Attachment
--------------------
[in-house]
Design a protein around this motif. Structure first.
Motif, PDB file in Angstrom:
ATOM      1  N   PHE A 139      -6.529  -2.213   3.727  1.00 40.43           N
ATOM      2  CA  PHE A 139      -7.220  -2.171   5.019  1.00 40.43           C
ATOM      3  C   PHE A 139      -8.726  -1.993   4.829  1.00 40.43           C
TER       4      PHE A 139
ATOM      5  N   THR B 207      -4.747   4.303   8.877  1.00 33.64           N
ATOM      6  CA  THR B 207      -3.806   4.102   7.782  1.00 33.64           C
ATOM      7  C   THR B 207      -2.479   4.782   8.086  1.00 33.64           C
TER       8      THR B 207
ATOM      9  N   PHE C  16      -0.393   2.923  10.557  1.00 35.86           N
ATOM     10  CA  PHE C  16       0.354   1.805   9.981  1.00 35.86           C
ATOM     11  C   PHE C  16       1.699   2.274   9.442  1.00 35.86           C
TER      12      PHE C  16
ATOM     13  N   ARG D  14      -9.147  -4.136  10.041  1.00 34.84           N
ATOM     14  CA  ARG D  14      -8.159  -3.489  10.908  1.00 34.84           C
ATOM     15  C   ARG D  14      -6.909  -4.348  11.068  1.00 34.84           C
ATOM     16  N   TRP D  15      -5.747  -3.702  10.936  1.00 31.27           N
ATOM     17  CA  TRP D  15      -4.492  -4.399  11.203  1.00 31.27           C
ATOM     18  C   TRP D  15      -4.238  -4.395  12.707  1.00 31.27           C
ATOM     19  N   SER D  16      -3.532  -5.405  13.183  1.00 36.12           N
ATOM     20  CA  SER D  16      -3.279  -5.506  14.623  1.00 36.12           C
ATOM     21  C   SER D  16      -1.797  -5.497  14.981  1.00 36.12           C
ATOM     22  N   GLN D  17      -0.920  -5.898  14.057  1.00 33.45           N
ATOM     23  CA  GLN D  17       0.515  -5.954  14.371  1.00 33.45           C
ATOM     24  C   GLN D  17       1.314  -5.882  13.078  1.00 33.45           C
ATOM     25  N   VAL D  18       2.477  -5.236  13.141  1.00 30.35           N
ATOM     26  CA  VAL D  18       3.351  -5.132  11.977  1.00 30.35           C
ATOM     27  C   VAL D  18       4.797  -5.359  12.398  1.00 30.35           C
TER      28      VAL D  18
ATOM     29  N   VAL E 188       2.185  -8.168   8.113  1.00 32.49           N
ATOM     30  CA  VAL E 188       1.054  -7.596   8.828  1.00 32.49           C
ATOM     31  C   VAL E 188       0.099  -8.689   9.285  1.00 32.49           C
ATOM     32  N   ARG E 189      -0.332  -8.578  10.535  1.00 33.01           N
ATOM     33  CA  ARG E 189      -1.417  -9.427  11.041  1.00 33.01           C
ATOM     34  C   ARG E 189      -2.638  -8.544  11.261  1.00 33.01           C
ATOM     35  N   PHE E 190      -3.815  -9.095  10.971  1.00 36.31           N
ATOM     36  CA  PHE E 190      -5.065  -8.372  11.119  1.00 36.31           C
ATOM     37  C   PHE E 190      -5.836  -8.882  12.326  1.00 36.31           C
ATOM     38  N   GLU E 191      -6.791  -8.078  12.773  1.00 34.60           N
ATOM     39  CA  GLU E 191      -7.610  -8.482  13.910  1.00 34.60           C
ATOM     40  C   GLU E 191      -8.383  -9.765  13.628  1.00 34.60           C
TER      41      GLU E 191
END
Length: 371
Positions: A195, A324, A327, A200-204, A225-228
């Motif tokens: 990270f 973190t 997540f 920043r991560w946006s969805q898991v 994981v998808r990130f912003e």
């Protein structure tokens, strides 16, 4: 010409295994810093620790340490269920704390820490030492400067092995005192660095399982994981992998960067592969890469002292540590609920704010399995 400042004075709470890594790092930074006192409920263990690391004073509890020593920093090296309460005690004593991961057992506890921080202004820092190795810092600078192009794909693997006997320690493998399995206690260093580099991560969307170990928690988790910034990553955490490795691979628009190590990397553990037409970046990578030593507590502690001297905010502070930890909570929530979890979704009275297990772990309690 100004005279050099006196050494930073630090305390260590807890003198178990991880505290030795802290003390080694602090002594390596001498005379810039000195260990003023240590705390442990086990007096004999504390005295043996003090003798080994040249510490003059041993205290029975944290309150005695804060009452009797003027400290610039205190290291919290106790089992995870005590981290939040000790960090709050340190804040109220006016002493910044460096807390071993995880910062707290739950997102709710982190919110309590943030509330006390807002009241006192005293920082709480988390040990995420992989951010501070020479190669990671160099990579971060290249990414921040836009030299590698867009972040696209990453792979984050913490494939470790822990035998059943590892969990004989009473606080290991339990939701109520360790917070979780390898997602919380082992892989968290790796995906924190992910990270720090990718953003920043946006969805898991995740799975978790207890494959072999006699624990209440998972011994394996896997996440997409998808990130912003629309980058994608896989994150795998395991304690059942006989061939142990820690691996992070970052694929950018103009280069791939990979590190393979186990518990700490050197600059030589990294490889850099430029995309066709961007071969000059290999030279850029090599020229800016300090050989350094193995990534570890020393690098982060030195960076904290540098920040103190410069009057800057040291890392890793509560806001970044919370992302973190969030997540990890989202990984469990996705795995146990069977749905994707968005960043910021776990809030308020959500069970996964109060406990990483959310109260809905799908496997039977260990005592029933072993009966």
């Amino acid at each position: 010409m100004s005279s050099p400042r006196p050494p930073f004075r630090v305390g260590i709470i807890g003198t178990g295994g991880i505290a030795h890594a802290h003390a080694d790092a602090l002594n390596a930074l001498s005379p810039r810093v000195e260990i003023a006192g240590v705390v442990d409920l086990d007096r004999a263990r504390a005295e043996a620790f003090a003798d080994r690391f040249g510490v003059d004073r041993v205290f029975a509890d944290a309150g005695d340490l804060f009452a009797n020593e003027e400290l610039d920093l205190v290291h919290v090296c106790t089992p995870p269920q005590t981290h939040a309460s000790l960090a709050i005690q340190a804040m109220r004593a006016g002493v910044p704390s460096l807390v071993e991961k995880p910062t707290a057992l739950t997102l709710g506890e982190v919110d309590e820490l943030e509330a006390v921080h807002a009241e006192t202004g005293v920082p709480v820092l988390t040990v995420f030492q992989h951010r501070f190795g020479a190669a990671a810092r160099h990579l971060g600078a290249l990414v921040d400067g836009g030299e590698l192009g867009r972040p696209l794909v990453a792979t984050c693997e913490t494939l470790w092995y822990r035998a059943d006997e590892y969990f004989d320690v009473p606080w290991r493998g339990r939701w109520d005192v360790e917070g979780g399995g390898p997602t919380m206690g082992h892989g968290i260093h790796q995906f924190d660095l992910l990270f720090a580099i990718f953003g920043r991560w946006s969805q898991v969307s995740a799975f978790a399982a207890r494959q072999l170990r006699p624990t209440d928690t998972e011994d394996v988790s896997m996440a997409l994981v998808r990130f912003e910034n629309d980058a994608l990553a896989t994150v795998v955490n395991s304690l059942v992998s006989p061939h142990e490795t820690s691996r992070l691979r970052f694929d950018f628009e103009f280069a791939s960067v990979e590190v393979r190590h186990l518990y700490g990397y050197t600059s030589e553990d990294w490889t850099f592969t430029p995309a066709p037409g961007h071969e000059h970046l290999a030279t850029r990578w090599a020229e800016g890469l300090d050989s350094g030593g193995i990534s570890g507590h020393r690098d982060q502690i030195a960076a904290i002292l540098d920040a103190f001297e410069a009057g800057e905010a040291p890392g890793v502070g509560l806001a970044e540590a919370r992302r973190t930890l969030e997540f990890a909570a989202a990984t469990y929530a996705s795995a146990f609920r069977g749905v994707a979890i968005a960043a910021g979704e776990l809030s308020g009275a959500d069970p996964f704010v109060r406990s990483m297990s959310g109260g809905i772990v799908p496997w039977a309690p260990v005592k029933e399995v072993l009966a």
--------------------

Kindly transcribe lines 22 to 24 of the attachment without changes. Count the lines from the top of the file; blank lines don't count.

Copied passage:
ATOM     19  N   SER D  16      -3.532  -5.405  13.183  1.00 36.12           N
ATOM     20  CA  SER D  16      -3.279  -5.506  14.623  1.00 36.12           C
ATOM     21  C   SER D  16      -1.797  -5.497  14.981  1.00 36.12           C